Karl Marx and Fredrick Engels’ Remedy to Industrial Capitalism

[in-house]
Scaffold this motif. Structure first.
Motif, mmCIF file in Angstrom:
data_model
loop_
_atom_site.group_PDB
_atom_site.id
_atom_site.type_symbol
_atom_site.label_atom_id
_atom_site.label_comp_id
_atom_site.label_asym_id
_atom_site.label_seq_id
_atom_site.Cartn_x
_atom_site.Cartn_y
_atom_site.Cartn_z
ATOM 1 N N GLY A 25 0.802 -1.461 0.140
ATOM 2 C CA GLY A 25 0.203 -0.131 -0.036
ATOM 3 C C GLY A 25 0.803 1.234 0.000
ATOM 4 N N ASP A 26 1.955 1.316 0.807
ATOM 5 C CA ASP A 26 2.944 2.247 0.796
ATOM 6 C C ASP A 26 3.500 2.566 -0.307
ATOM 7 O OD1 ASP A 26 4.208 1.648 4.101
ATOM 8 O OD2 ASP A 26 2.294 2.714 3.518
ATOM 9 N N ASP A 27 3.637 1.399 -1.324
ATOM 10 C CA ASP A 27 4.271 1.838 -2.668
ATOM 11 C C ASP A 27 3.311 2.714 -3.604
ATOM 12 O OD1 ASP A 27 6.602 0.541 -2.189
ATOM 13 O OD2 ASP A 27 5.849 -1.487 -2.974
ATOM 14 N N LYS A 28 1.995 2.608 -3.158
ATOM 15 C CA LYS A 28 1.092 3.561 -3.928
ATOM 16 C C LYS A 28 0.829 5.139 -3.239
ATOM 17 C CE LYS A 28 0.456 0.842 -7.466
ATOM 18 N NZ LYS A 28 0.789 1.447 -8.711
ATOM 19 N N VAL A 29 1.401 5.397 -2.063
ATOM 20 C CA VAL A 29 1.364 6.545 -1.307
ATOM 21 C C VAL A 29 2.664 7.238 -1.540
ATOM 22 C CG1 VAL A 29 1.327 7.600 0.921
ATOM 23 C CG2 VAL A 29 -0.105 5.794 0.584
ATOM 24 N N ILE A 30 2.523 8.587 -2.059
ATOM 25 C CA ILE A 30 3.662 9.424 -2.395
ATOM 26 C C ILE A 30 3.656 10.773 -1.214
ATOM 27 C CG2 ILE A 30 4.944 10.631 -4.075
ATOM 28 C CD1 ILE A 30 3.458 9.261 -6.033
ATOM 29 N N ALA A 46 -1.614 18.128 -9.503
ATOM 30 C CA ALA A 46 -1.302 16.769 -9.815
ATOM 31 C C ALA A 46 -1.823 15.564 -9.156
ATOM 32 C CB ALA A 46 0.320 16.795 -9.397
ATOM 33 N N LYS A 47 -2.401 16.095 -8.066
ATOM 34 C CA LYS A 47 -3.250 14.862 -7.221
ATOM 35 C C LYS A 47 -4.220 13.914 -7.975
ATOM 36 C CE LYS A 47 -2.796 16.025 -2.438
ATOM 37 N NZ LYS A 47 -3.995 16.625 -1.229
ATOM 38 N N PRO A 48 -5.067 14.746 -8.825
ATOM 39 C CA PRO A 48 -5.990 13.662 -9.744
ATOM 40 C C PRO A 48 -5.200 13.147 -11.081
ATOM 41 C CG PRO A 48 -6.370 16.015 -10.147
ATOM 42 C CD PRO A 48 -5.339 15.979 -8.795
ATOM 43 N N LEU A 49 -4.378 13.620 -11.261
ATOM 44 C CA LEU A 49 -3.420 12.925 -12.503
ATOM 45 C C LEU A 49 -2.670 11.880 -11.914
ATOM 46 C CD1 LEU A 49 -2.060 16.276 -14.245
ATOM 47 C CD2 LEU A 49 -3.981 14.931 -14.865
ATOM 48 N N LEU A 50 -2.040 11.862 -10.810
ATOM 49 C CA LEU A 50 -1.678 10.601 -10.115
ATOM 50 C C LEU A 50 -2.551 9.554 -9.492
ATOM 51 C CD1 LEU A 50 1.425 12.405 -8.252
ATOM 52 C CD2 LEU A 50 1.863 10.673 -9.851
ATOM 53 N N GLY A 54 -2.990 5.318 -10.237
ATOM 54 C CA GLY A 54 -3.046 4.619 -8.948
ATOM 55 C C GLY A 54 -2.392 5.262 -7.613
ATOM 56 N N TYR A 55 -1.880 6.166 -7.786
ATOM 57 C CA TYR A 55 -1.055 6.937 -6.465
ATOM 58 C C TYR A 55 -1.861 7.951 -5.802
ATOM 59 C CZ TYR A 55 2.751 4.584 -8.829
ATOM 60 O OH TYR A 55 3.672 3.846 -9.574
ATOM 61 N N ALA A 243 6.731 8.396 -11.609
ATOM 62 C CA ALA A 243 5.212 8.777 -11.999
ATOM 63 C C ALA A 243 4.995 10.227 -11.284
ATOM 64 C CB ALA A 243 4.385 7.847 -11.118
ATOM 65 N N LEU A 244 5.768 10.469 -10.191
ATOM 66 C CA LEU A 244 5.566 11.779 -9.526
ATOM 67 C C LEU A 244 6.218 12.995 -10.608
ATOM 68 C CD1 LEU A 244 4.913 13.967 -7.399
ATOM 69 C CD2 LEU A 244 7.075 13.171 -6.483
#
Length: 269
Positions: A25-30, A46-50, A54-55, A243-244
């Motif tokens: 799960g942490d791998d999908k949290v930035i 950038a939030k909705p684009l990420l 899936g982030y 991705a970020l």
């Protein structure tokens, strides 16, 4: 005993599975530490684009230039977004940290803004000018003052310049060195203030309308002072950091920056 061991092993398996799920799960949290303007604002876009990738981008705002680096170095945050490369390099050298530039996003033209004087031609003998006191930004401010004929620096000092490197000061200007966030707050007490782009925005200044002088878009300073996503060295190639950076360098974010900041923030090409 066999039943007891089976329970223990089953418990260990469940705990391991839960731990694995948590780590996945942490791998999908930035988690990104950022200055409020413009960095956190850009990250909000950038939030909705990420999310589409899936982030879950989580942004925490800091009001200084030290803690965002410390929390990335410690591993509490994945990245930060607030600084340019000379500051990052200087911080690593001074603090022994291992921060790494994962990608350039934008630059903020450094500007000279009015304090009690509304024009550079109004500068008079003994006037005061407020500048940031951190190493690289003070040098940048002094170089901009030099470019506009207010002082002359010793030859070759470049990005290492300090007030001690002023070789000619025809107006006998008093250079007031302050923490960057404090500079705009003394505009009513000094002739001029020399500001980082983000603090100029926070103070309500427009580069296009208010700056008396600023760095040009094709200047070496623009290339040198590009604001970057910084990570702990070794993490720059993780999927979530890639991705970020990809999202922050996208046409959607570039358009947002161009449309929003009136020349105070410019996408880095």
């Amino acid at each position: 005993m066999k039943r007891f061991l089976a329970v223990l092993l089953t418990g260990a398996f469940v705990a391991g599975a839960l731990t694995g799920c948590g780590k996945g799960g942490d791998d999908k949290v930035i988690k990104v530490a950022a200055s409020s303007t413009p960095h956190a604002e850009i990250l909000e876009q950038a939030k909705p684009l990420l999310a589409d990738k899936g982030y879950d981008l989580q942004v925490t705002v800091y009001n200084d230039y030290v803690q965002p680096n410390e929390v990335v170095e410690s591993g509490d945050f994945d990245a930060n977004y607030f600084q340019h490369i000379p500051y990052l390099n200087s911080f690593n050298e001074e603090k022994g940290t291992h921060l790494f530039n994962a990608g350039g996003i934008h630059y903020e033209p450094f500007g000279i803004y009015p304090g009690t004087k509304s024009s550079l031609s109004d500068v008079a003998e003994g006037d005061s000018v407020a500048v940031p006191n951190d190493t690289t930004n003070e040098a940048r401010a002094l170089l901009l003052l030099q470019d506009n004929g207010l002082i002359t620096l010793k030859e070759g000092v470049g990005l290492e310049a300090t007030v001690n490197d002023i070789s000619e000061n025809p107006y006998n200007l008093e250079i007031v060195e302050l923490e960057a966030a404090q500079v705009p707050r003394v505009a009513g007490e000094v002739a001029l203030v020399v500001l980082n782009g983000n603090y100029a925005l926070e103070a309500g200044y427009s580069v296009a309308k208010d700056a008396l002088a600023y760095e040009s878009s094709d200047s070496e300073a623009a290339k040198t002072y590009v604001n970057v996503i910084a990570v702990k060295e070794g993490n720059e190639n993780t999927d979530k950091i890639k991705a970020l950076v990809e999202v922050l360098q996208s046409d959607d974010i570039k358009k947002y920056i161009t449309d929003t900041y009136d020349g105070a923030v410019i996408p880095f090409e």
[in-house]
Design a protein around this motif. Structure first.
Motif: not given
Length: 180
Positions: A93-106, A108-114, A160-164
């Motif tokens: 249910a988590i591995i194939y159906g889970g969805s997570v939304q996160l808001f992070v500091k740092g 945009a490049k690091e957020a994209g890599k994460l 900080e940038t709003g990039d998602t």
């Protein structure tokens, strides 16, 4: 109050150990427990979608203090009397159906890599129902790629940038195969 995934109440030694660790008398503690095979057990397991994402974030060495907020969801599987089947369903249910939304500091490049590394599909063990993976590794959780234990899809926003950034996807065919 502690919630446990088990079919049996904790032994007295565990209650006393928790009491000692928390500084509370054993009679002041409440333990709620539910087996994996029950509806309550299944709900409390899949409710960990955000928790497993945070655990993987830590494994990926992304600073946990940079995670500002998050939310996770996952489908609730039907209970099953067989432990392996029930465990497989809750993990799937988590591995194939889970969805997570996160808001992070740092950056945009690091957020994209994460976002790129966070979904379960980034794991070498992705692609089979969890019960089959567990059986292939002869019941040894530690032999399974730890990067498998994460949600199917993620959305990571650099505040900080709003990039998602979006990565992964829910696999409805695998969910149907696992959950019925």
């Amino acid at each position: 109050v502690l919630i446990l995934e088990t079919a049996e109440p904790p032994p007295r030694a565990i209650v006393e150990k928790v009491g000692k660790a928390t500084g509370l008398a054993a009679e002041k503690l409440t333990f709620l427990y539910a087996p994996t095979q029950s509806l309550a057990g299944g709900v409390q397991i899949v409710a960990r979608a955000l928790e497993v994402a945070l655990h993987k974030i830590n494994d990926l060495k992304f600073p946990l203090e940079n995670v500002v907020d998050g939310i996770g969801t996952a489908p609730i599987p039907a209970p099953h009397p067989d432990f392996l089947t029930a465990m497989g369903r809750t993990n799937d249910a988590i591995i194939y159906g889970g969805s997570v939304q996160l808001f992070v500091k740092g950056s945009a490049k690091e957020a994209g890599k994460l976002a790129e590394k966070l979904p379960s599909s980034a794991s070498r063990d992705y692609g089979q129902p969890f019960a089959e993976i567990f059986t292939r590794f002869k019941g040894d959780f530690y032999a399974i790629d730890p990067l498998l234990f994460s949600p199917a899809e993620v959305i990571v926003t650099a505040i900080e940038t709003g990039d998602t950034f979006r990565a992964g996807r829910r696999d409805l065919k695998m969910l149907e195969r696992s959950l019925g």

Karl Marx and Fredrick Engels were considered two of the most perceptive critics and influential thinkers of the nineteenth-century European society. Both Marx and Engels had a more radical opinion of the European period of industrial capitalism and predicted its end of as the citizens united and took control of the corrupt system that demoralized them and treated them equally to machines. Marx argues that class struggles are the driving force that keeps the world thriving. However, throughout Communist Manifesto, the main argument is that class struggles can be resolved while still having a thriving society. The problem with the Industrial Revolution was not the machines and technology itself, the problem was the people who owned the machines and technology. Both Communist Manifesto and The Condition of the Working Class in England discuss the consequences of the communistic aspect of the nineteenth-century European society. Engels and Marx are arguing against capitalism, which is simply that the people or person producing the products rather then should own the means of production solely the owner. One of the more basic elements that Marx and Engels accentuate is the exact time that capitalism would fall apart upon the perception of Europe. The “spectre” of capitalism is “haunting” Europe and is one that is insisting for a transformation. (CM, p2) Marx and Engels make a point that a process has defined historical perception called dialect materialism in which one’s reality is defined by material wealth. Marx and Engels were evidently opposed to the idea of way industrial capitalism took away the “wealth” of those who worked to earn something. “In proportion therefore, as the repulsiveness of the work increases, the wage decreases.” (CM, p12) According to Marx and Engels, there is an ongoing dialect throughout the industrial revolution between those who possess power, the Bourgeois,...
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